By Linda Pona
Sixty years ago, leaders from 32 free African countries signed a charter in Addis Ababa, Ethiopia, hoping to unite African countries. This is when the Organisation of African Unity (OAU), later known as the African Union (AU) was established with 55 participating states. This was with the hope of uniting African countries, giving them freedom and allowing them to control their destiny.
Sixty years later, we continue celebrating this hope for the continent of Africa with Africa Day. This year’s theme, “Our Africa, Our Future”, encapsulates the hopes for African countries future hopes and dreams.
Although Africa, as a continent, and South Africa, as a country, have come a long way in the past few decades, there are still issues which need to be tackled. These issues include poverty, inequality, unemployment, conflicts, corruption, and criminality. Although the Liberation of African countries from colonialism and apartheid for South Africa brought about freedom, there is still a lot to be done in the African continent to take it forward because while it is rich in minerals, it remains poor socially, politically and economically.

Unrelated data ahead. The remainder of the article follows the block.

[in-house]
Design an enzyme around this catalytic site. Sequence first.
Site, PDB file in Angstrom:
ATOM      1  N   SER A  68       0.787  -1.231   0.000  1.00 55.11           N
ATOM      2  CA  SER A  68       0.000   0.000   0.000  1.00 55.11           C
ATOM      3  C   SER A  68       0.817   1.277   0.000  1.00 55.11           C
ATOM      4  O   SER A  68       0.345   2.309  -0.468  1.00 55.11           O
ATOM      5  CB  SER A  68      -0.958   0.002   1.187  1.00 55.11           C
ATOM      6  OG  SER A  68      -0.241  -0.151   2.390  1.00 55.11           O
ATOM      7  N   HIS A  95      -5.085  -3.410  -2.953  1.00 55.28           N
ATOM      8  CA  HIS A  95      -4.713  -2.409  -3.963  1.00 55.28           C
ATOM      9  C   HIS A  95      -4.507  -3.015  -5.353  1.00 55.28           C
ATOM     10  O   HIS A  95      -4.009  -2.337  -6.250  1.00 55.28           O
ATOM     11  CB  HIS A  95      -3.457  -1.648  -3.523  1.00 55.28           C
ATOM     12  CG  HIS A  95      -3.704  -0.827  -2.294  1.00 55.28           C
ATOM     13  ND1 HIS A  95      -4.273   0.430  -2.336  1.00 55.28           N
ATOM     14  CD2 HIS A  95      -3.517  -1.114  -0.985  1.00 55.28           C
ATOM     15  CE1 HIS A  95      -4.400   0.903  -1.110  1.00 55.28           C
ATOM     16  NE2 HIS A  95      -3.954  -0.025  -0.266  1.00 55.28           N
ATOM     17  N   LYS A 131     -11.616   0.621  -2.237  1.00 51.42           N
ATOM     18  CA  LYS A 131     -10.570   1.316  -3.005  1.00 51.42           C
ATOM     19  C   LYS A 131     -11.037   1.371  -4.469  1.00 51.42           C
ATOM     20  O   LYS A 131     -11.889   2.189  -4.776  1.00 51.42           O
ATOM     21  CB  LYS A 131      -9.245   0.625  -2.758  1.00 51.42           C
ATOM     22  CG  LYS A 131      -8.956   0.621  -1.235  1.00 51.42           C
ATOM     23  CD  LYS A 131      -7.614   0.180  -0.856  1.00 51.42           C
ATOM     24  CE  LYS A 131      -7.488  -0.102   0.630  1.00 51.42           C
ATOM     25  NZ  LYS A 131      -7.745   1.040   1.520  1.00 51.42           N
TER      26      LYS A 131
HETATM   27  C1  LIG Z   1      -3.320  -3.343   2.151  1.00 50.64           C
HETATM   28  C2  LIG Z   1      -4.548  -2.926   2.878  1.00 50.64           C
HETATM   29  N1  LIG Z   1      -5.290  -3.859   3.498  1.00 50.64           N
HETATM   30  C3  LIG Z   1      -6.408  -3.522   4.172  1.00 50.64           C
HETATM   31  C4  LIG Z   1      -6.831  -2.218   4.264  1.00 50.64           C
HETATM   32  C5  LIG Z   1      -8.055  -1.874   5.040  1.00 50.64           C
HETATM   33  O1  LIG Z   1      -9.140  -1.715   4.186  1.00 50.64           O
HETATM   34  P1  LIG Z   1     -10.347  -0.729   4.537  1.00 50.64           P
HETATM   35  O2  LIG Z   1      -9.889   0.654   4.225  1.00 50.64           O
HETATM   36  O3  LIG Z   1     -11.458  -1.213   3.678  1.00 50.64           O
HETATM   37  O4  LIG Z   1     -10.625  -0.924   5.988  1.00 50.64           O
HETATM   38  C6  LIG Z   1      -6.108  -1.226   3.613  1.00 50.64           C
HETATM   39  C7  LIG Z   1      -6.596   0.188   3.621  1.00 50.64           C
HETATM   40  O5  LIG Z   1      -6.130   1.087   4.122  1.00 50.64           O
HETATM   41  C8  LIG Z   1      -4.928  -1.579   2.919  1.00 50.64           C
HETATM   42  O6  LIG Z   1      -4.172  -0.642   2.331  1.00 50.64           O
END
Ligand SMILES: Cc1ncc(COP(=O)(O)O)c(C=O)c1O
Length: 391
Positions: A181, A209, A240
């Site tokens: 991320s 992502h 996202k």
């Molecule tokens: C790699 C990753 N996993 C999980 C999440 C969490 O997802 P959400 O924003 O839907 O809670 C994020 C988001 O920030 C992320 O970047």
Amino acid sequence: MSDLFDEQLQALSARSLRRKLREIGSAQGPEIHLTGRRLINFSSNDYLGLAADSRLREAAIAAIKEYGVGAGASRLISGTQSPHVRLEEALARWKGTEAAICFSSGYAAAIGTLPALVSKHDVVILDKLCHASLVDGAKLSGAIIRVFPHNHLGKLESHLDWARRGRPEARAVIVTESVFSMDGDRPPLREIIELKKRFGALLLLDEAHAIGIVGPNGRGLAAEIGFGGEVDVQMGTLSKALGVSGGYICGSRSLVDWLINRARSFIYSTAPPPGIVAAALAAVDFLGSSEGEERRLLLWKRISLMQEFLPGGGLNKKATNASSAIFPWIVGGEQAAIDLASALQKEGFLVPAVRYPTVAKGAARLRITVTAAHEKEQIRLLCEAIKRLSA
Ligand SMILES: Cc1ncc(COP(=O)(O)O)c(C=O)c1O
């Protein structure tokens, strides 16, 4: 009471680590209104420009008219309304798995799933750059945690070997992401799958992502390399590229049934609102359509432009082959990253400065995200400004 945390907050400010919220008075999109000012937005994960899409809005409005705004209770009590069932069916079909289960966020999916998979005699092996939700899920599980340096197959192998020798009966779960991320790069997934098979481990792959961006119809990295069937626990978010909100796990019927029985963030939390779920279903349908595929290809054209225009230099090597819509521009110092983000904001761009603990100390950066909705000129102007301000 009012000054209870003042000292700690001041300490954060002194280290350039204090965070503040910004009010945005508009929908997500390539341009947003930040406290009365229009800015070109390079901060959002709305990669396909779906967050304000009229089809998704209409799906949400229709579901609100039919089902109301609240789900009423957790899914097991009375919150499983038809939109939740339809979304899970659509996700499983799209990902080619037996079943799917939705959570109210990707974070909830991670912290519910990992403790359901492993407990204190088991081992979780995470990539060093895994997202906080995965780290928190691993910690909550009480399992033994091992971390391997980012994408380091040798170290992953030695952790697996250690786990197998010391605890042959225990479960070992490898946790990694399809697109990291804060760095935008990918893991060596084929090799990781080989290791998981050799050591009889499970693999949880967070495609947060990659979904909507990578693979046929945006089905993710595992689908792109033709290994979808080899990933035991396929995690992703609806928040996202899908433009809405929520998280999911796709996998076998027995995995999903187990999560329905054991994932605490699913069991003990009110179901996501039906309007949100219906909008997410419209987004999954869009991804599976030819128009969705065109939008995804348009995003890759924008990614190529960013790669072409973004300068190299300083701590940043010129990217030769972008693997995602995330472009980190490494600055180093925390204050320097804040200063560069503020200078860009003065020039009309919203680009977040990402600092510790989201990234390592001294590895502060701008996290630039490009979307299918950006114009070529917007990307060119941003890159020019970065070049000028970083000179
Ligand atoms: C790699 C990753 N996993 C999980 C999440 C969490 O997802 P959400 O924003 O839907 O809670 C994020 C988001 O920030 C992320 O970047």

This year’s theme, “Deepening the African Union’s vision of African unity, prosperity, and development”, looks at Africa’s vision for 2063, where we work together to become a powerhouse of peace and prosperity, which can be done by working together. Although seemingly an impossible task, I believe it can be achieved by working together. Bringing this year’s theme closer to home means that we first need to focus on this problem-riddled town of ours and fix them so that we can be prosperous.
To achieve this success, we have primarily relied on our leaders, who have repeatedly failed us, especially given all the issues we face. Though seemingly in an impossible situation, there is still hope because it is the people who drive the economy, and it is the people who can liberate themselves. As in the famous words of Bob Marley, “Emancipate yourselves from mental slavery; none but ourselves can free our minds”. So as we celebrate this day that was initiated sixty years ago, let us work towards a future free from poverty and corruption, where the haves have more (by corrupt means), and the have-nots have even less.